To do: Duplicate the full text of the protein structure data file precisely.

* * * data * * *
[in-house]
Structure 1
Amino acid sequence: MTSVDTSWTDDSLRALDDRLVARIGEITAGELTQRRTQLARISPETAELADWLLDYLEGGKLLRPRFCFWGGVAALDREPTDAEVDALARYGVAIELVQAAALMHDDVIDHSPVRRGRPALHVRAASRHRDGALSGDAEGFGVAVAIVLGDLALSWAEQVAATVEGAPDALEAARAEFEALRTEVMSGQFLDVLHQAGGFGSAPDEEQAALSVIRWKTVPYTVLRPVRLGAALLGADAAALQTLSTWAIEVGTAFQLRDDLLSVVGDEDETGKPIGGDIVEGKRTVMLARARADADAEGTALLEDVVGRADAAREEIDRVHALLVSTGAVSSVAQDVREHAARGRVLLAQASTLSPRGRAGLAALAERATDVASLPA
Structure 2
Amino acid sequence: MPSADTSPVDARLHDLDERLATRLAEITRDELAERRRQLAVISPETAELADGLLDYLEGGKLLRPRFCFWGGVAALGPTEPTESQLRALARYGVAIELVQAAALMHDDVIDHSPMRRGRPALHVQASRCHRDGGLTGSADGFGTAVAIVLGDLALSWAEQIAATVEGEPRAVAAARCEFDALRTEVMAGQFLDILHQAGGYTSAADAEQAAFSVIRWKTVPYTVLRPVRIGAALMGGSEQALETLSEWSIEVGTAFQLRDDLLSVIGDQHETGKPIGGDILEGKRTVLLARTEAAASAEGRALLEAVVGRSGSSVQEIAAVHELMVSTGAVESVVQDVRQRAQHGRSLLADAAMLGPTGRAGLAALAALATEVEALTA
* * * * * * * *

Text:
[in-house]
Structure 1
Amino acid sequence: MTSVDTSWTDDSLRALDDRLVARIGEITAGELTQRRTQLARISPETAELADWLLDYLEGGKLLRPRFCFWGGVAALDREPTDAEVDALARYGVAIELVQAAALMHDDVIDHSPVRRGRPALHVRAASRHRDGALSGDAEGFGVAVAIVLGDLALSWAEQVAATVEGAPDALEAARAEFEALRTEVMSGQFLDVLHQAGGFGSAPDEEQAALSVIRWKTVPYTVLRPVRLGAALLGADAAALQTLSTWAIEVGTAFQLRDDLLSVVGDEDETGKPIGGDIVEGKRTVMLARARADADAEGTALLEDVVGRADAAREEIDRVHALLVSTGAVSSVAQDVREHAARGRVLLAQASTLSPRGRAGLAALAERATDVASLPA
Structure 2
Amino acid sequence: MPSADTSPVDARLHDLDERLATRLAEITRDELAERRRQLAVISPETAELADGLLDYLEGGKLLRPRFCFWGGVAALGPTEPTESQLRALARYGVAIELVQAAALMHDDVIDHSPMRRGRPALHVQASRCHRDGGLTGSADGFGTAVAIVLGDLALSWAEQIAATVEGEPRAVAAARCEFDALRTEVMAGQFLDILHQAGGYTSAADAEQAAFSVIRWKTVPYTVLRPVRIGAALMGGSEQALETLSEWSIEVGTAFQLRDDLLSVIGDQHETGKPIGGDILEGKRTVLLARTEAAASAEGRALLEAVVGRSGSSVQEIAAVHELMVSTGAVESVVQDVRQRAQHGRSLLADAAMLGPTGRAGLAALAALATEVEALTA